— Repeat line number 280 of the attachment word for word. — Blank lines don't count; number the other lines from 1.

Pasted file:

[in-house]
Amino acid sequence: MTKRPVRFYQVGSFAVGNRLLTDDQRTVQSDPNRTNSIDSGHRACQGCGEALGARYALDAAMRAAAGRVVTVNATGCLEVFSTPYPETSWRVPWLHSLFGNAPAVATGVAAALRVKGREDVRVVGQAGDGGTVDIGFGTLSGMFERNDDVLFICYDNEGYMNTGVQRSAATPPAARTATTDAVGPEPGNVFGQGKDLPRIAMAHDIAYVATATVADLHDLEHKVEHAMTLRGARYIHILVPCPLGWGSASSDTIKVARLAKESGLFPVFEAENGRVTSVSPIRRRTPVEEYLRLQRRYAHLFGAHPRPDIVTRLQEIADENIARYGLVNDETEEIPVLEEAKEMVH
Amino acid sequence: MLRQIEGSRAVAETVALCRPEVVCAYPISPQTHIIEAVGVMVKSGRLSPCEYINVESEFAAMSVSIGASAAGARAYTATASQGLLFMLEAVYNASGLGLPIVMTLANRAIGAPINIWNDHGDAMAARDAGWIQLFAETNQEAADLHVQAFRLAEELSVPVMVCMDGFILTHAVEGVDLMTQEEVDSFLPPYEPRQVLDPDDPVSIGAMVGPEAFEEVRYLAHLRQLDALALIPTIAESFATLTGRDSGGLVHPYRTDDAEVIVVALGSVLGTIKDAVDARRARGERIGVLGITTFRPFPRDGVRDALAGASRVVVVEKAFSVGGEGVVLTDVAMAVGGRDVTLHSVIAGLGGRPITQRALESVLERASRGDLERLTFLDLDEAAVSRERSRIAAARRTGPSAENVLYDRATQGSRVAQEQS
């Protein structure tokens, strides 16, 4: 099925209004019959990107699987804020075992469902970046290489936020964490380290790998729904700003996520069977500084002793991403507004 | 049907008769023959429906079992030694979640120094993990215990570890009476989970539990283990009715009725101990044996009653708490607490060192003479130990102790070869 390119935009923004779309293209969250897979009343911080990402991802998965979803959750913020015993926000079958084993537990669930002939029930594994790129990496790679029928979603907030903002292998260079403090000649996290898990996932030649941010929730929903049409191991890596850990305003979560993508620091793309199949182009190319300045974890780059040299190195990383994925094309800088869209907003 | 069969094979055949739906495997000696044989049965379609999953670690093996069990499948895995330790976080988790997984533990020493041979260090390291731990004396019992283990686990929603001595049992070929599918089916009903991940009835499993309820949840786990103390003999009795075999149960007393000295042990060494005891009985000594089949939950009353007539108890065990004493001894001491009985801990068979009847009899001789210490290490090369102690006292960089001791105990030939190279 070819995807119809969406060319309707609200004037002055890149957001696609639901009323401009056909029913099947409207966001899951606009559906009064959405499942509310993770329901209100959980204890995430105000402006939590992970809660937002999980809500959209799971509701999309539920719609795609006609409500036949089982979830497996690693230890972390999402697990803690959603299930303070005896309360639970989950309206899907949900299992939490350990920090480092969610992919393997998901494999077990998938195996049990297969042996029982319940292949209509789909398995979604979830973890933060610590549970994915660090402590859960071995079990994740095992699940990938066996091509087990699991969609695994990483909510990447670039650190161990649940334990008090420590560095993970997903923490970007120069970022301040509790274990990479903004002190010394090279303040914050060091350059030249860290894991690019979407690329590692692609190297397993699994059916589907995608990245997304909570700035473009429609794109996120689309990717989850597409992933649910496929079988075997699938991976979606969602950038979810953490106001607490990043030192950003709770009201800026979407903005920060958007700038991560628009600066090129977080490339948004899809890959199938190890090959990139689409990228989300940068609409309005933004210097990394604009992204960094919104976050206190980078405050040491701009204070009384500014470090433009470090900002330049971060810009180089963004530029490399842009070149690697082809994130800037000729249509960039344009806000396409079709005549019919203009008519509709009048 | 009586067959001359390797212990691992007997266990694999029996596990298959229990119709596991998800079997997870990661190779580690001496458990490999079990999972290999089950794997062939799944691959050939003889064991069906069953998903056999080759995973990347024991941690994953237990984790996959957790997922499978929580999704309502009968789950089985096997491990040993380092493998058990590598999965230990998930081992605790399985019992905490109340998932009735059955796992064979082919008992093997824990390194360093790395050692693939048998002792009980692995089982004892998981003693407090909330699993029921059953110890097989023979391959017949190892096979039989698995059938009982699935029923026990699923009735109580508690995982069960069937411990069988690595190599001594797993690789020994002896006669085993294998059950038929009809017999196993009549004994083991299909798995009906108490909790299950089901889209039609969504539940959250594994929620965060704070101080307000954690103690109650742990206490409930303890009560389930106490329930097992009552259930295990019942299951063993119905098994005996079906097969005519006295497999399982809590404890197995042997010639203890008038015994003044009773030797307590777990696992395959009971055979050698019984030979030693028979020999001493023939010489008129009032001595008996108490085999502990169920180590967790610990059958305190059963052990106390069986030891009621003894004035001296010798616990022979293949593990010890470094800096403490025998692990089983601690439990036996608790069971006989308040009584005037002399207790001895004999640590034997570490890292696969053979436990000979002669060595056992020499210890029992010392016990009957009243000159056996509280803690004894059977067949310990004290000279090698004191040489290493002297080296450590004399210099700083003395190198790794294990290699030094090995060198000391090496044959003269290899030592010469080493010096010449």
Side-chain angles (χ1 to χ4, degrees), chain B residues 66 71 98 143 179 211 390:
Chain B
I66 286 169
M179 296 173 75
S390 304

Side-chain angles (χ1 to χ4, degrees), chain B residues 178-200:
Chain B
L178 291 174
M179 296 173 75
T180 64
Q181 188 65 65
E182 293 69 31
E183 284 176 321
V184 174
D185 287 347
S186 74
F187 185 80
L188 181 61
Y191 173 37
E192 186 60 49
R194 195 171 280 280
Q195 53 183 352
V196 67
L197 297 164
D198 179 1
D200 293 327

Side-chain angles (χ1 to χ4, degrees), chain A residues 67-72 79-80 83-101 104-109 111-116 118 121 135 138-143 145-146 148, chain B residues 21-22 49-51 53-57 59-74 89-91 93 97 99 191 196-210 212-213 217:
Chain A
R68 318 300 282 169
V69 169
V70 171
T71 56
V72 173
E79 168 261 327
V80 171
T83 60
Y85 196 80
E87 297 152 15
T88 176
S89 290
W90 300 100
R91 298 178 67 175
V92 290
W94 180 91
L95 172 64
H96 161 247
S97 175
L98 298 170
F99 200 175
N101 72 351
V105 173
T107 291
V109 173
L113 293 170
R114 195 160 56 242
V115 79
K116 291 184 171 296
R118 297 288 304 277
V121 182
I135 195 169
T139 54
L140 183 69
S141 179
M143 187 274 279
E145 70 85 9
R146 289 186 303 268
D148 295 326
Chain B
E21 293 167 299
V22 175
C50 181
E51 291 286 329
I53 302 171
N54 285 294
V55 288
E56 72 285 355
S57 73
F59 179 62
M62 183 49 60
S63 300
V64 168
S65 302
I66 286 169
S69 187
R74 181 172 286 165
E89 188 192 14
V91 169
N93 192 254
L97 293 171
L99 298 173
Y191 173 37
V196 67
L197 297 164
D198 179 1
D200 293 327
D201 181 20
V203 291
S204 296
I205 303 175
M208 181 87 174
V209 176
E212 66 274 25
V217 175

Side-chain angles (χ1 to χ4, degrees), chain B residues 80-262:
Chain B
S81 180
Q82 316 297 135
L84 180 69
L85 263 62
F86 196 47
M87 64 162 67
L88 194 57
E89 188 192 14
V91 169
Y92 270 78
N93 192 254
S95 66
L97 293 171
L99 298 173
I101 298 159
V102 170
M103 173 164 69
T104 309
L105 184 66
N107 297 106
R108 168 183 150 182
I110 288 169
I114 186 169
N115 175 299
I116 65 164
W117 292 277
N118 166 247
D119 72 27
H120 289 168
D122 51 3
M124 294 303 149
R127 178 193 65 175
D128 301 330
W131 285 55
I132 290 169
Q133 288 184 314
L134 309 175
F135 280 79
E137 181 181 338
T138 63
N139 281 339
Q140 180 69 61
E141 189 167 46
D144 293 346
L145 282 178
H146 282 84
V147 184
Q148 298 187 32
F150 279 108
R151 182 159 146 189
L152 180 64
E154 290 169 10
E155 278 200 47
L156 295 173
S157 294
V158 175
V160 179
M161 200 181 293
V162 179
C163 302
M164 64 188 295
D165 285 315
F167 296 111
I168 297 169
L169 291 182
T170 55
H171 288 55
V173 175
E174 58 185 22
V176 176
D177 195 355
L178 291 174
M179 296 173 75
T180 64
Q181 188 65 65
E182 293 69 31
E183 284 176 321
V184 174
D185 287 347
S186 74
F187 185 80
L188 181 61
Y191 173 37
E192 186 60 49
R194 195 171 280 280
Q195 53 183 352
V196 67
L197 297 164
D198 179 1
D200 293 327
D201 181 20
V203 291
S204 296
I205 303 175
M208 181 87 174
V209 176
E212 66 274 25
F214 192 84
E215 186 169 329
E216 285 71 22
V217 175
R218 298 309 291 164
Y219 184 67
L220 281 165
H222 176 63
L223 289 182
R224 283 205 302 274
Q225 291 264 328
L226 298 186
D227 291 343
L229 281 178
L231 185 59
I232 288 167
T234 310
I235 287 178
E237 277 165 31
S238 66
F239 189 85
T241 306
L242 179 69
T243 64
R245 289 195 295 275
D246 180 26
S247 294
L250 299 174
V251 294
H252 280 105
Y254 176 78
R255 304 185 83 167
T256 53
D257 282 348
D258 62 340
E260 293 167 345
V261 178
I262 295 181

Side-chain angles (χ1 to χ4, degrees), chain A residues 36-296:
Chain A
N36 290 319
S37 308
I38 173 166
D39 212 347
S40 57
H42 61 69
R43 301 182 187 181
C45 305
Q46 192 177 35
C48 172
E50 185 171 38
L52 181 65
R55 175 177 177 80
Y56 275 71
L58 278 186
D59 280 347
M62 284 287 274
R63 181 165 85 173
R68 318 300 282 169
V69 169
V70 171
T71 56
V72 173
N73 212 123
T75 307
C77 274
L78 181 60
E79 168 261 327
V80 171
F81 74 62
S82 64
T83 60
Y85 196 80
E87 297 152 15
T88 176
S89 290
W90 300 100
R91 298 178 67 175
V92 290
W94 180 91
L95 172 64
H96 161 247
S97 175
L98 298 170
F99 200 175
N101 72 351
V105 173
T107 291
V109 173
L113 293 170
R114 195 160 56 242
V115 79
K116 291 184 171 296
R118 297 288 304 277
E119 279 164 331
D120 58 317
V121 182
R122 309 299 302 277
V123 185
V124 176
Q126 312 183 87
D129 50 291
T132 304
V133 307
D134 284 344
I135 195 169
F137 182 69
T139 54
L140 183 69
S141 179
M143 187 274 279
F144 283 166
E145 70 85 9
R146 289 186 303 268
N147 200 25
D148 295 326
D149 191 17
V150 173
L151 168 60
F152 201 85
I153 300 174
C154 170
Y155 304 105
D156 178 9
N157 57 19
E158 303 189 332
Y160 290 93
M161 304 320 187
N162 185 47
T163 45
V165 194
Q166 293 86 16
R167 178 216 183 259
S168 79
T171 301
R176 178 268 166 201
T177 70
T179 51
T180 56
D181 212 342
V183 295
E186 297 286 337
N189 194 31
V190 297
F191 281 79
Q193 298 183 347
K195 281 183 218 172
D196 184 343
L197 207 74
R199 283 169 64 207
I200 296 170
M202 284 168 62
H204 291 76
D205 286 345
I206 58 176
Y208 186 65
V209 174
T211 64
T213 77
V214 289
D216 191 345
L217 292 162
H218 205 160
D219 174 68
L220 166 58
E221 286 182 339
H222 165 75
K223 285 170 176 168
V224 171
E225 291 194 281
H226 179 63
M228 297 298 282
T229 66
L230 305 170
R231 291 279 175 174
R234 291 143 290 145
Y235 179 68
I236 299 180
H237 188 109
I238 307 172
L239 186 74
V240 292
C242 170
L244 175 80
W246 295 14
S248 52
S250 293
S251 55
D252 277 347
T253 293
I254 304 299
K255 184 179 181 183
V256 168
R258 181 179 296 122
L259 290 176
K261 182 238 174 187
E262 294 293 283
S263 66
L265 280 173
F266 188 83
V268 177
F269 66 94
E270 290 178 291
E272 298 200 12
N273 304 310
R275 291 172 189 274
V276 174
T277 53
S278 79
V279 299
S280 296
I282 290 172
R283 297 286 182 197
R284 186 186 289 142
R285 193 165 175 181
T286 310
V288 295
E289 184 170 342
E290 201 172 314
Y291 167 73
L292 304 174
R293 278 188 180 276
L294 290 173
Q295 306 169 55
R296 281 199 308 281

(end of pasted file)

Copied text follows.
E87 297 152 15